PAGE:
About me


I am a priest of the Ordinariate of Our Lady of Walsingham serving the parish of Saint Anselm’s in Pembury which is part of the Archdiocese of Southwark. In addition to these parish duties I serve as the Catholic Chaplain of the Hospice in the Weald.

I am married to Hayley, a painting restorer, and we have three children. Jemima, Benedict and Augustine. Outside of family and church I enjoy playing rugby for Tunbridge Wells RFC. 

This is a personal blog encouraging a frank and honest exchange of views. But please remember to be polite and show Christian charity at all times.

This blog was started in January 2012. However loss of data reset it on August 1st 2014. At that time it had received 4.5 million hits! So add that to the current hit counter for an all time total of visits!

Print Friendly, PDF & Email

15 thoughts on “About me


    If you go to the wayback machine, open the latest record and save as webpage complete you will at least have the material up to that date in July on your machine. I’ve just tried it and it works (I use Firefox). Your web guys should then be able to rebuild your site. I don’t know what you can do about the missing material between that date and now – I’m not a web guru, unfortunately.
    God Bless,


  2. Generally, it now no longer seems possible to comment, Father. Hence response here to your recent posts, which I hope reaches you.

    Michael Nazir Ali was NOT the first non-white C of E bishop, but the first non-white diocesan. The Rt Revd Wilfred Wood, suffragan bishop of Croydon preceded him.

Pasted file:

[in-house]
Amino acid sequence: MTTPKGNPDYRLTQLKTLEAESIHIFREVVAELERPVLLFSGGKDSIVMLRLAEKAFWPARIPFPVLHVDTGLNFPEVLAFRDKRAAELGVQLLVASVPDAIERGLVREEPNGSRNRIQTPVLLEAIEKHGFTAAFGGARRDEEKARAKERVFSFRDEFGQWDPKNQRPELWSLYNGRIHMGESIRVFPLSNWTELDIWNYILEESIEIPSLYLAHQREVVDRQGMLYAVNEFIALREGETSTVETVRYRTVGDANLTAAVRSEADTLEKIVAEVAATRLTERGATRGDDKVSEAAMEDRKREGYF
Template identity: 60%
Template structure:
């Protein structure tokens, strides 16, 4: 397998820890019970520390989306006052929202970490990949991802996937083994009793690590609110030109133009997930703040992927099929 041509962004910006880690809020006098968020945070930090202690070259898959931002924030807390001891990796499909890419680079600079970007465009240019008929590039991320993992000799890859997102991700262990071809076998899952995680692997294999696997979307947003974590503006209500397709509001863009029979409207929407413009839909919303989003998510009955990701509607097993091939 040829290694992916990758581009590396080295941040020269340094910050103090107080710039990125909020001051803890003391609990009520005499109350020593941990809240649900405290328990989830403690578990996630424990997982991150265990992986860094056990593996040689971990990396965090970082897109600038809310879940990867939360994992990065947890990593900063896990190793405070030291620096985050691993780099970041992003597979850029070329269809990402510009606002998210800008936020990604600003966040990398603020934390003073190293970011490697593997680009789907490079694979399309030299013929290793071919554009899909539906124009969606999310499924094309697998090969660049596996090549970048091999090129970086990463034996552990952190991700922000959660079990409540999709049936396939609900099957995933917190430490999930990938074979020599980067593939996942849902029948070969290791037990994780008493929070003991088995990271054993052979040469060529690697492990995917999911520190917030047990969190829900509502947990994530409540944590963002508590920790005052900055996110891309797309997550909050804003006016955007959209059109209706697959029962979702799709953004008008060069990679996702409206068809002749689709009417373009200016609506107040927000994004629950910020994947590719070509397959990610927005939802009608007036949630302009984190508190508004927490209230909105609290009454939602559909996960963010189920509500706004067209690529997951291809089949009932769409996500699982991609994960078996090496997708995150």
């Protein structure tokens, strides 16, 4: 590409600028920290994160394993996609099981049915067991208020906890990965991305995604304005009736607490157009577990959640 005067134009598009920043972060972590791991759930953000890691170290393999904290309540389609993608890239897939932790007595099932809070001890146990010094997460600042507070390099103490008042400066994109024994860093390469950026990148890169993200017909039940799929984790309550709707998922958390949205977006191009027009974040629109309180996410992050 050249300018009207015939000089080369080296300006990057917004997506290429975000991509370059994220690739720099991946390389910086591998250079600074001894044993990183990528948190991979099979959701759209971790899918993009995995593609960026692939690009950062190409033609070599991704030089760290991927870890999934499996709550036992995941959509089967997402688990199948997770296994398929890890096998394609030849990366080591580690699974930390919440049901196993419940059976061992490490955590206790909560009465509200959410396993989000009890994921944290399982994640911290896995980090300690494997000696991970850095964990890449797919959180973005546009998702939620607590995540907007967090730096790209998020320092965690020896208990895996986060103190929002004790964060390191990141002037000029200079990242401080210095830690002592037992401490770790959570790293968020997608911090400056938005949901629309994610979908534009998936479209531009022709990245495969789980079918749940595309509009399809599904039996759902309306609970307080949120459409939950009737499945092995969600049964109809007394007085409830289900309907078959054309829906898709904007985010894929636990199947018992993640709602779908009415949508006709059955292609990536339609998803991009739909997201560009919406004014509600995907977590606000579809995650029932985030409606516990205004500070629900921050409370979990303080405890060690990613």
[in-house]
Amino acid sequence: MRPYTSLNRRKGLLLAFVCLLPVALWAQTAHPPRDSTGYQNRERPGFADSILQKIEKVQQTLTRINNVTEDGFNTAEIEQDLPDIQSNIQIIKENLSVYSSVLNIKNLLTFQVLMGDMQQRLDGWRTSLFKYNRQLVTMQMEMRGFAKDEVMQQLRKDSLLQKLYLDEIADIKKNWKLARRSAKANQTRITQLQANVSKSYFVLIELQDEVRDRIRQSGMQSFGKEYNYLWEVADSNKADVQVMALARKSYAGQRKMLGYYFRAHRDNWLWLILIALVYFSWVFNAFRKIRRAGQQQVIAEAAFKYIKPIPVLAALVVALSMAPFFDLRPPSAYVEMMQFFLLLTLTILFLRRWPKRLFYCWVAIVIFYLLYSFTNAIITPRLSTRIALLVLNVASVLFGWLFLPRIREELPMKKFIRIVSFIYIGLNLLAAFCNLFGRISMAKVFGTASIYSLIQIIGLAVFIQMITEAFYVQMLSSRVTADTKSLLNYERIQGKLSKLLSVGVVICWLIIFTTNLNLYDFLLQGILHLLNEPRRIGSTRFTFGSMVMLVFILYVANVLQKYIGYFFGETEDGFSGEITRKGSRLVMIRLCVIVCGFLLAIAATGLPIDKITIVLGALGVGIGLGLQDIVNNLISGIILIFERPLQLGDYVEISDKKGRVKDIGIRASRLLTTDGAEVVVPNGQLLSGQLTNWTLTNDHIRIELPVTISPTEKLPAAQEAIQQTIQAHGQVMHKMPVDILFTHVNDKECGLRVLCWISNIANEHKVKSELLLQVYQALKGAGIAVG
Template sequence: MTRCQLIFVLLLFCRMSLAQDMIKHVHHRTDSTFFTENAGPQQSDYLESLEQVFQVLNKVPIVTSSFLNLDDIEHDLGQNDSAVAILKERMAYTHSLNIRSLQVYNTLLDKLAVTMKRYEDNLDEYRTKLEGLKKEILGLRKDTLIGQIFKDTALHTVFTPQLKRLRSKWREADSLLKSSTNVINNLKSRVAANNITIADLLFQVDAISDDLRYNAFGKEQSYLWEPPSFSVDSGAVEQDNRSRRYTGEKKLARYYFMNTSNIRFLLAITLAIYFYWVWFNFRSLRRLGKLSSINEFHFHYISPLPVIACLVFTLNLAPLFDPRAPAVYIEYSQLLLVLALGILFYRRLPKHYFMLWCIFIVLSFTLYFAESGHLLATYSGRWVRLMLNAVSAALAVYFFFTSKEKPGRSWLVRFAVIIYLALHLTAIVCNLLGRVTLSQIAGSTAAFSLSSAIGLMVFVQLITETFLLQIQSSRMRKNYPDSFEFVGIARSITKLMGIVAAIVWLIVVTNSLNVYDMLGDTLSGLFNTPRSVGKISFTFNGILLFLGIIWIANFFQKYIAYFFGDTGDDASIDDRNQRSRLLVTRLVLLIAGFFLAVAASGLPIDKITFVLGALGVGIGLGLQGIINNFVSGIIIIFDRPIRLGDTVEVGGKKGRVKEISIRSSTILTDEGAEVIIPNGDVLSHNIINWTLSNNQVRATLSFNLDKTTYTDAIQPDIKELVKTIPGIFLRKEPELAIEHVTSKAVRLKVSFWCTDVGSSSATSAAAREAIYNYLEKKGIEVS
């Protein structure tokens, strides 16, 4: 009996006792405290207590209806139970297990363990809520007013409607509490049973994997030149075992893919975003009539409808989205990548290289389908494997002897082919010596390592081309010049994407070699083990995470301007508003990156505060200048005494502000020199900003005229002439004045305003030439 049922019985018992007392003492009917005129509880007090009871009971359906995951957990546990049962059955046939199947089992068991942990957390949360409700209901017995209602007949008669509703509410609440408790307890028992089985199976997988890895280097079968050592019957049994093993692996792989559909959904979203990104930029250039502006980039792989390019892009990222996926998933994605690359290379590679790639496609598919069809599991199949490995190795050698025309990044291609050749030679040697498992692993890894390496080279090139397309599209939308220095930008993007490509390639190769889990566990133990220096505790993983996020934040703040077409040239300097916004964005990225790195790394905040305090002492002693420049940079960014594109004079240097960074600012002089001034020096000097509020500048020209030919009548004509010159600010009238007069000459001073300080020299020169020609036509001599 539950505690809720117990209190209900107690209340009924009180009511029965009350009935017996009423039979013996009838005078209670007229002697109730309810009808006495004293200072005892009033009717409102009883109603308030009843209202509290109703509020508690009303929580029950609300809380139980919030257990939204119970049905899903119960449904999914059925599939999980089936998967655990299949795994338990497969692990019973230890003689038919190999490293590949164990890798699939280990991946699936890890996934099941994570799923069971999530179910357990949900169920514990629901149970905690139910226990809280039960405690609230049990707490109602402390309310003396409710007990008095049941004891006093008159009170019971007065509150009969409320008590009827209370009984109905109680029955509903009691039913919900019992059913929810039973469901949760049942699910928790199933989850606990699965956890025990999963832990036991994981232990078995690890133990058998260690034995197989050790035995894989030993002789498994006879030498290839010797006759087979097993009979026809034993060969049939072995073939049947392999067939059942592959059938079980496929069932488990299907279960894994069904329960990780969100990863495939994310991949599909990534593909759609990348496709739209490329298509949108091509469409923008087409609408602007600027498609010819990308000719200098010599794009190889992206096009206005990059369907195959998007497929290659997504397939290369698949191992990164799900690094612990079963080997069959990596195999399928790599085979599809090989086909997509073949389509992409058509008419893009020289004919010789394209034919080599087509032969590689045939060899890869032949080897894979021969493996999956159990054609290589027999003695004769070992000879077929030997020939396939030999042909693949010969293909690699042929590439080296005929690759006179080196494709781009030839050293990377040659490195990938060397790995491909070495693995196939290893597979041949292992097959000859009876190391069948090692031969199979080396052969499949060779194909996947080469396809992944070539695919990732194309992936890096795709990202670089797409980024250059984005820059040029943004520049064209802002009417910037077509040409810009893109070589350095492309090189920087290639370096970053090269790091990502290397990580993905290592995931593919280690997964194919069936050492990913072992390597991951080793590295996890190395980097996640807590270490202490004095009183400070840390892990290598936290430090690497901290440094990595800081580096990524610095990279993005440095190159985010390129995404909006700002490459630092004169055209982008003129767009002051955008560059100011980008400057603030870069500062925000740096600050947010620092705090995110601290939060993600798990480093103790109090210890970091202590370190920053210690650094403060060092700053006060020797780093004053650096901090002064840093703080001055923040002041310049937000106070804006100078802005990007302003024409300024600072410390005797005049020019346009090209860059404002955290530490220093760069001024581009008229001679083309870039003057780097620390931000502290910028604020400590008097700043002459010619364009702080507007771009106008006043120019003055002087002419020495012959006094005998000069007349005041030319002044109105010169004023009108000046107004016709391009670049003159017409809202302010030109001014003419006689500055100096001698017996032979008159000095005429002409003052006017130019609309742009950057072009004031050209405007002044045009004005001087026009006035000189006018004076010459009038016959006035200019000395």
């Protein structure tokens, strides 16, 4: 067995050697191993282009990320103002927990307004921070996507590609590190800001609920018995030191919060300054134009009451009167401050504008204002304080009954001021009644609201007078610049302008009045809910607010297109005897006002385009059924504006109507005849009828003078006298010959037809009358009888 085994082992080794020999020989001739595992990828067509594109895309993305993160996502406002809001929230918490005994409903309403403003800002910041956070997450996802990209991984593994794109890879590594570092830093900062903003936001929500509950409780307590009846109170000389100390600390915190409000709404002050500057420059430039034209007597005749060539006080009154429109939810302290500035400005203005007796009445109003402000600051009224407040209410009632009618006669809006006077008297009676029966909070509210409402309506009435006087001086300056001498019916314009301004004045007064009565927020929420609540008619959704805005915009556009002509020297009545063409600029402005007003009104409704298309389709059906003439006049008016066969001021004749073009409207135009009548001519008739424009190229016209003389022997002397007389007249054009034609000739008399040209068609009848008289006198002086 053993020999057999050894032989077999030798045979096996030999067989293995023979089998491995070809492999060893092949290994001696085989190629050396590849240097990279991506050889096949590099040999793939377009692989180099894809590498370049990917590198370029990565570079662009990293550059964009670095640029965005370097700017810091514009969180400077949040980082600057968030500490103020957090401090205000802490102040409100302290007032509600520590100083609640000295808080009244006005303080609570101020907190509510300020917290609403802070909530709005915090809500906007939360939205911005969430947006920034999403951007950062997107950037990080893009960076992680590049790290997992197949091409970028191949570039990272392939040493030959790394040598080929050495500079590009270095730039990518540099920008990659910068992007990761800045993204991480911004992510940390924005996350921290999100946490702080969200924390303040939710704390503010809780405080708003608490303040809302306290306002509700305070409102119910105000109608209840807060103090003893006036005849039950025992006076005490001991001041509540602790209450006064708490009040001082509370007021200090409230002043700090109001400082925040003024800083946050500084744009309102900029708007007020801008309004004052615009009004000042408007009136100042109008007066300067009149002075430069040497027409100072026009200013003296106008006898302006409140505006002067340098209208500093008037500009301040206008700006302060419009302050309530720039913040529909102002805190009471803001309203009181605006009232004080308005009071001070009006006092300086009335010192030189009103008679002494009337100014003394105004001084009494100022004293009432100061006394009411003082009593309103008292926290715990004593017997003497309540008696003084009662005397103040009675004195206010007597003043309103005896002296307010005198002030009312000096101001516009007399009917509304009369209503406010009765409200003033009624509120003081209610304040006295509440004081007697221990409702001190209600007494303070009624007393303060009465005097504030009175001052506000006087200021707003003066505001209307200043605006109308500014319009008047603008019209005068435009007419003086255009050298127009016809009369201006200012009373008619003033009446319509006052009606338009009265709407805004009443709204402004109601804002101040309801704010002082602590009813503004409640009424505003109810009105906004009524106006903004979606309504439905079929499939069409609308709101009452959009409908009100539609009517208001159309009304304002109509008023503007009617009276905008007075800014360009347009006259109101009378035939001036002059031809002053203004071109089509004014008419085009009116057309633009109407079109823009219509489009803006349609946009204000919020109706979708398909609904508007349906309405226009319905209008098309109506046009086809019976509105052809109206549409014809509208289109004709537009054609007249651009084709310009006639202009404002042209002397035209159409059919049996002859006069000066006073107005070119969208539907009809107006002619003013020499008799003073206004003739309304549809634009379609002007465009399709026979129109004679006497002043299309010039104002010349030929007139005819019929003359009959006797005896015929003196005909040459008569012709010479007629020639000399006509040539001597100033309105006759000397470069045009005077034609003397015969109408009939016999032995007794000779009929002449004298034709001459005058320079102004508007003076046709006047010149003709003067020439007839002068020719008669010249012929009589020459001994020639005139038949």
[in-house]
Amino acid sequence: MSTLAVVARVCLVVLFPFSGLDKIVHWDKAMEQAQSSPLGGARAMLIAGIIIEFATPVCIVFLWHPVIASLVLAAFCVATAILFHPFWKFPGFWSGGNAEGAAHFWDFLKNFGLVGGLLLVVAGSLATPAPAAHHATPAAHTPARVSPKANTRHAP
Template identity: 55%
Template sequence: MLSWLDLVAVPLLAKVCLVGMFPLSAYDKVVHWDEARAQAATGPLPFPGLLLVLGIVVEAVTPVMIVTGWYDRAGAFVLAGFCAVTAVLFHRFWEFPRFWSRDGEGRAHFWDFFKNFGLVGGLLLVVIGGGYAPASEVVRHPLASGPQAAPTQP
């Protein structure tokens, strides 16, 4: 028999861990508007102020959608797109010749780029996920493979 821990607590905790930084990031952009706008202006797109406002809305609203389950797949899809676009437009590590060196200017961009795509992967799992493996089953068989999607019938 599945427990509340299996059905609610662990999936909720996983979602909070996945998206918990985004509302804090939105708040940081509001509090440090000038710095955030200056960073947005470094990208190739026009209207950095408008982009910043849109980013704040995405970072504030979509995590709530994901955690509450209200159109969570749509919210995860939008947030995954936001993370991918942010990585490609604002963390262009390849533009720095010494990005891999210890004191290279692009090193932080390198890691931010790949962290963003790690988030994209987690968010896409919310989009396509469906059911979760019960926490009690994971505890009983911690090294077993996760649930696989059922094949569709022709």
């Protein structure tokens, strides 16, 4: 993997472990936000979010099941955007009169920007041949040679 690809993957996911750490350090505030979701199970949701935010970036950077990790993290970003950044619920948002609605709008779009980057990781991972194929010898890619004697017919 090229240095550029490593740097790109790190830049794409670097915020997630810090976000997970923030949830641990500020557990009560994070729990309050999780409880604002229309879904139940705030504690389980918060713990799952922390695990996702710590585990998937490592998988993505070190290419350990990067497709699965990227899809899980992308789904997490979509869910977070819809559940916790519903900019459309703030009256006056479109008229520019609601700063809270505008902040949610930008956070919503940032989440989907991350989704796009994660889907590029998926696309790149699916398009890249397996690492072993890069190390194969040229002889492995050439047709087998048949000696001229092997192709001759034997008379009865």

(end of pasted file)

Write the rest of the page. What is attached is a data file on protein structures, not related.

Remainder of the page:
Not sure “conventional Christian” is a wise term to use. In my experience it has always been used to mean a person who is Christian through social convention, rather than conviction. Absolutely sure “cultural Marxism” is not the right term to use. It smacks of the dafter sort of right-wing American politics, and has nothing to with the Grand Old Man, for whom, a trade unionist, I have a great deal of respect.

  3. Would you be the same Ed who played for Colchester RFC in the late 1990s?
    If so, we played together on many an occasion, and shared a beer or five on many more…

      1. It certainly is a long time! And I am long retired from the game sadly (a nasty broken arm ended my playing days).
        However, life is good!

  4. Dear Fr Ed
    I just met you at Acton and was hoping to email you! Here is a link to an article on the NLM about your CTS booklet. http://www.newliturgicalmovement.org/2016/06/ordinariate-liturgy-et-al-at-sacra.html#.V3LF0bgrLIU
    and here is a link that I thought might interest you about Brexit on my blog – agree with your assessment by the way.

    Best wishes
    David Clayton

  5. Dear Fr Ed,